Donald Trump's election as the 45th president of the United States threatens to undermine international cooperation on climate change. Over 190 nations are meeting this week in Marrakesh, Morocco, to work out details for implementing the Paris climate agreement, an accord reached in December 2015 that entered into force just five days ago following ratification by the United States, China, India and 100 other nations. Now, with the election of Mr. Trump, delegates at the Marrakesh conference are trying to hold the agreement together and make key decisions about its implementation, knowing that the U.S. commitment may falter.
If the agreement unravels, the consequences will be dire. Particularly as the Paris Agreement is an important trust-building step that is intended to catalyze more aggressive actions that are necessary if we are to have any chance of limiting planetary warming to less than 2oC above the pre-industrial average.
Mr. Trump has asserted that climate change is a hoax, putting him at odds with the scientific findings of the U.S. National Academy of Sciences and the science academies of Canada, China, France, Germany, Japan, Russia, the United Kingdom and other nations. He has promised to renegotiate or even "cancel" the Paris Agreement. He has said he would rescind the Clean Power Plan, a key component of President Obama's strategy for reaching U.S. greenhouse gas reduction targets, and that he would make regulatory changes to promote greater fossil energy production.
If Trump holds to these pronouncements, many nations likely would still move forward with cutting their greenhouse gas emissions to meet commitments under the Paris Agreement. They will do so because it makes economic sense and because it is an environmental, humanitarian and moral necessity. But some may act less aggressively than needed to fulfill their commitments, while a few others may pause their efforts until the U.S. becomes an active partner. Delays and backsliding as the world waits for the U.S. to act responsibly will prove tremendously costly.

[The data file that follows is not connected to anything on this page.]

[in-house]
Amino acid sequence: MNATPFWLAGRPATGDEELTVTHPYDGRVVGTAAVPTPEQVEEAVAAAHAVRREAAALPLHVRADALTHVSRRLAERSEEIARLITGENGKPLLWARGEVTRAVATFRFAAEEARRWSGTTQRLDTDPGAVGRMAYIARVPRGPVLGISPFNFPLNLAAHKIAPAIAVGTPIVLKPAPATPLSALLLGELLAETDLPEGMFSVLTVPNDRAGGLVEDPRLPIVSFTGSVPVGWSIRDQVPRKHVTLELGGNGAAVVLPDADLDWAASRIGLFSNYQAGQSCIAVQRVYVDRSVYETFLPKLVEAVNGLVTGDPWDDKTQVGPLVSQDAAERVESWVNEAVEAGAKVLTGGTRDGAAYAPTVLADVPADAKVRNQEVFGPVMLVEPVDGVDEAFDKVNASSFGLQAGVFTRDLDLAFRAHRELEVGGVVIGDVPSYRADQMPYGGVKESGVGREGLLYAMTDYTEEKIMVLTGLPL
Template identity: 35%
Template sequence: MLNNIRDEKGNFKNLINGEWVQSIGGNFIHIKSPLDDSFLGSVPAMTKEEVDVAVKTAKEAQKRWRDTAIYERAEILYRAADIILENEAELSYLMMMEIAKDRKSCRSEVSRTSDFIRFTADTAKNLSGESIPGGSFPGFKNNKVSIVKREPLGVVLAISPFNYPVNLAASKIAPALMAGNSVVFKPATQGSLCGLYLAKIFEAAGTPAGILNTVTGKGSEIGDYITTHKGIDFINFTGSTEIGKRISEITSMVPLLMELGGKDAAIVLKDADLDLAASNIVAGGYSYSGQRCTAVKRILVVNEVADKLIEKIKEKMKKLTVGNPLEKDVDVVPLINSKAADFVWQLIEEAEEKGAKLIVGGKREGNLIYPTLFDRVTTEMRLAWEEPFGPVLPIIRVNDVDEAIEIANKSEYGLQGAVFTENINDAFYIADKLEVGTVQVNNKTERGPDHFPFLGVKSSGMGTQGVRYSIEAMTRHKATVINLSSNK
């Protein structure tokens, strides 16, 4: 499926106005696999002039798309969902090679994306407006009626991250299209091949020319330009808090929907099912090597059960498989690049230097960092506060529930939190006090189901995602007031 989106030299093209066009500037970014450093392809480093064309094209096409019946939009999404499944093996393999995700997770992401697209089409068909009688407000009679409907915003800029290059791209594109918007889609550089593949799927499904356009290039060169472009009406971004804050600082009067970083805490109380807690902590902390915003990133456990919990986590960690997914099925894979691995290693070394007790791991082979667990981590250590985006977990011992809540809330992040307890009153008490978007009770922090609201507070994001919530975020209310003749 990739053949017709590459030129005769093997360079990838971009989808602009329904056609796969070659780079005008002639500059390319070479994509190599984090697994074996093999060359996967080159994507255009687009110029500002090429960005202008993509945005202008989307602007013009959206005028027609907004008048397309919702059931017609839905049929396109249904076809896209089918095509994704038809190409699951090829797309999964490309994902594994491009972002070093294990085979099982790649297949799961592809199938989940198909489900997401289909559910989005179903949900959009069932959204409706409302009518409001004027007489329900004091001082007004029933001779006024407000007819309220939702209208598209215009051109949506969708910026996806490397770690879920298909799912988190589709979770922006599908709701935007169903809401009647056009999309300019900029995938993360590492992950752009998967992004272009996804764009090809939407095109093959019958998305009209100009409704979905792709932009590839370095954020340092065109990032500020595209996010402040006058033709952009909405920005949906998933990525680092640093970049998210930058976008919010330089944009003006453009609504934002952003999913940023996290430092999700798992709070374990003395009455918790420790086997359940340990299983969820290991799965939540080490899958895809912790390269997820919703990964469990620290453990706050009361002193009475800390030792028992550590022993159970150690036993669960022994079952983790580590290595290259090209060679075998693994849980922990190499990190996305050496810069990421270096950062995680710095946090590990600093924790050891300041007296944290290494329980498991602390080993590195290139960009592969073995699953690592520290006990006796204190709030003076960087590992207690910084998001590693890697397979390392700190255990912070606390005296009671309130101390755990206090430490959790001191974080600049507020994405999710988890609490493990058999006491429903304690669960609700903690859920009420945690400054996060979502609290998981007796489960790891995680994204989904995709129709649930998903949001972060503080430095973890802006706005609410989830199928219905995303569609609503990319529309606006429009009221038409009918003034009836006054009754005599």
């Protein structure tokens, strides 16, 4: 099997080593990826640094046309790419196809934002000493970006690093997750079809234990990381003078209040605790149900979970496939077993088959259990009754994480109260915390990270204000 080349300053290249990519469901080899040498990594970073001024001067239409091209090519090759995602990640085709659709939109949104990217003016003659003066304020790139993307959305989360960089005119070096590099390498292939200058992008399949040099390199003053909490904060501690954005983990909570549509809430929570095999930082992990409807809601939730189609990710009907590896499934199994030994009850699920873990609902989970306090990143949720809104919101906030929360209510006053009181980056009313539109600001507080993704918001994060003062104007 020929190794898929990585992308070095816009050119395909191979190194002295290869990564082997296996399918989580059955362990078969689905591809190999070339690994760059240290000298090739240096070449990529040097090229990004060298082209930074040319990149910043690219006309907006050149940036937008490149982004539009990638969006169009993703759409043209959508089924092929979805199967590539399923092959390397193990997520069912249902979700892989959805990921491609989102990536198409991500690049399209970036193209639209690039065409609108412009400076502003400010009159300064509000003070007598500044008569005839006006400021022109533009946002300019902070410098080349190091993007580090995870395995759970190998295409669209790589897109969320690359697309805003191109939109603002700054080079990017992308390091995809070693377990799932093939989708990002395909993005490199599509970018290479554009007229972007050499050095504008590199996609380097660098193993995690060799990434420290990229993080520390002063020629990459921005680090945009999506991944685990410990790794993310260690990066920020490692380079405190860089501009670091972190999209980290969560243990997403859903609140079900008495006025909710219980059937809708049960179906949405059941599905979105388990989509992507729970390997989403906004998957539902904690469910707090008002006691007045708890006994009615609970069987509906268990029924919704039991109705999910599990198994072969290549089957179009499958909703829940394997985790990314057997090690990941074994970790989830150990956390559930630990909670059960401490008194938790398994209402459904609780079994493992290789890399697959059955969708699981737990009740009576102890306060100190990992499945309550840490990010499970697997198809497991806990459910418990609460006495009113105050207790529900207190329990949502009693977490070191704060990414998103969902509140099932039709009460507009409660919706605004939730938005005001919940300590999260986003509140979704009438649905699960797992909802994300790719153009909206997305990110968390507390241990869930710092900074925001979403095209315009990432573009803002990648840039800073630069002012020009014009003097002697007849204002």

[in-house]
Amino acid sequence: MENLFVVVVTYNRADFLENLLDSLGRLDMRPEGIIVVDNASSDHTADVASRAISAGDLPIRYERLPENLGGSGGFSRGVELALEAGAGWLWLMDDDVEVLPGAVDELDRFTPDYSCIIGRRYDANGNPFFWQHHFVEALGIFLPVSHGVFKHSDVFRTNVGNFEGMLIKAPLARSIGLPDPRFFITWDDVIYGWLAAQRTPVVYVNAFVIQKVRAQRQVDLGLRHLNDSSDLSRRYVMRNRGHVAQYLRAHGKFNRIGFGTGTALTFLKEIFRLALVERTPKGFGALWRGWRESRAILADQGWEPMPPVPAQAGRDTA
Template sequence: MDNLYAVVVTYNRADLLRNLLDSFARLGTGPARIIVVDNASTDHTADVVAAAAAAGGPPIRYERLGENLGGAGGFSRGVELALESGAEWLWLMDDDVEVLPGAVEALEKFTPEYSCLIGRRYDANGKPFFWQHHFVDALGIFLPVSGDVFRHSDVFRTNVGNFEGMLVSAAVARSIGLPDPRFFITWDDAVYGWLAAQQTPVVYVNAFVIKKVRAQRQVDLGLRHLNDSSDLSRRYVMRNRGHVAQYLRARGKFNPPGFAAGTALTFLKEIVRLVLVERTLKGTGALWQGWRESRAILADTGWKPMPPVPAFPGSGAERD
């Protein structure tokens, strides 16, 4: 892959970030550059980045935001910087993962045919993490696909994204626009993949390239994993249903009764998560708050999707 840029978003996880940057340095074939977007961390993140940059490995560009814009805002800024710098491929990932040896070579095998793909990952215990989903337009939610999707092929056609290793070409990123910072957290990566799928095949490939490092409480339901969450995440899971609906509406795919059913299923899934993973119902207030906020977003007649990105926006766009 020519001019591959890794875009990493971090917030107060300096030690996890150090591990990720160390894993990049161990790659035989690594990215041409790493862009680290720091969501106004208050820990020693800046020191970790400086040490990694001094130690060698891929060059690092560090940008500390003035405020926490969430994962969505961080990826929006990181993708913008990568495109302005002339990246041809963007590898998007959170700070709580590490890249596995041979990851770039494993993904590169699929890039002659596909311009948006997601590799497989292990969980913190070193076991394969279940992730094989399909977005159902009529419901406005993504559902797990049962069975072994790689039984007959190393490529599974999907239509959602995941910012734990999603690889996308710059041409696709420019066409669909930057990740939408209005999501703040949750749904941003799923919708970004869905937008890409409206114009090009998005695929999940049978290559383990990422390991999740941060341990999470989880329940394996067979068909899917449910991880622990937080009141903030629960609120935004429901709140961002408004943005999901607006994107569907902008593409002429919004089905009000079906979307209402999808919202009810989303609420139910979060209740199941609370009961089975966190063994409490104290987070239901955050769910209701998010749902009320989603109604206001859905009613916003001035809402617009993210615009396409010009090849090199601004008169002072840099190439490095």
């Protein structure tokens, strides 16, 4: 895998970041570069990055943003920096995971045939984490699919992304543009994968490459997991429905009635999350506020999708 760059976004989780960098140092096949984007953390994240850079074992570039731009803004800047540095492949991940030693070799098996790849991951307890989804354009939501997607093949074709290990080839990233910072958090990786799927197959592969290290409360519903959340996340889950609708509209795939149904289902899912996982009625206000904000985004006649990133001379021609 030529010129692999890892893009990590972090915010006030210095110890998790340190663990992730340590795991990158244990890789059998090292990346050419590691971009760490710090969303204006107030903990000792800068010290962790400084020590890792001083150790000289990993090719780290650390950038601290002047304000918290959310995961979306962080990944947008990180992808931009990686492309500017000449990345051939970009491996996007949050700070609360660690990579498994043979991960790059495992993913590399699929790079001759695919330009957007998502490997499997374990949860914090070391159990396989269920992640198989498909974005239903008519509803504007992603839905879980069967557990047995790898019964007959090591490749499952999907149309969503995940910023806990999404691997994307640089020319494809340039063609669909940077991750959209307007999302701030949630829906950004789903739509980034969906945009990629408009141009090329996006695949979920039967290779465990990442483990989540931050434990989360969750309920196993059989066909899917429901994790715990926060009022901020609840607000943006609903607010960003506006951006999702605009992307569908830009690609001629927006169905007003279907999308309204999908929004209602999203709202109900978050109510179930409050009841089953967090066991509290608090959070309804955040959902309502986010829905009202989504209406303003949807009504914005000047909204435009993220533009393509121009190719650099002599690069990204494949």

But will Trump hold true to his climate change pronouncements? Some are holding out hope that the realities of leading the world's largest economy would prompt reasoned- and evidence-based reflection on climate change risks and policies by the president-elect. But Trump's selection of Myron Ebell, a strident climate skeptic, to lead his environmental transition team is a strong signal that Trump means what he said on the campaign trail about climate and energy policies.
I put my hope and efforts in action at state, local and institutional levels to keep and build momentum toward a clean, low-carbon U.S. energy system that includes robust and growing renewables, technological innovation and job growth. Leadership at the federal level will be needed, but we need to build it from the ground up. We need to commit ourselves to act in whichever sphere that we can have the most impact. Dickinson College, where I work, remains committed to cutting our carbon footprint with the support of its students, faculty, staff, alumni and trustees. Other colleges, businesses, cities and states will do the same.
Neil Leary, an environmental economist, is the director of Dickinson College's Center for Sustainability Education. He has been a participant in the 1995, 2001, 2007 and 2014 science assessments of the Intergovernmental Panel on Climate Change. He teaches courses on climate change and has taken students to UN climate change conferences in Copenhagen, Durban, Lima and Paris to conduct research on international climate policy.
This post is part of a series produced by The Huffington Post, in conjunction with the U.N.'s 22nd Conference of the Parties(COP22) in Morocco (Nov. 7-18), aka the climate-change conference. The series will put a spotlight on climate-change issues and the conference itself. To view the entire series, visit here.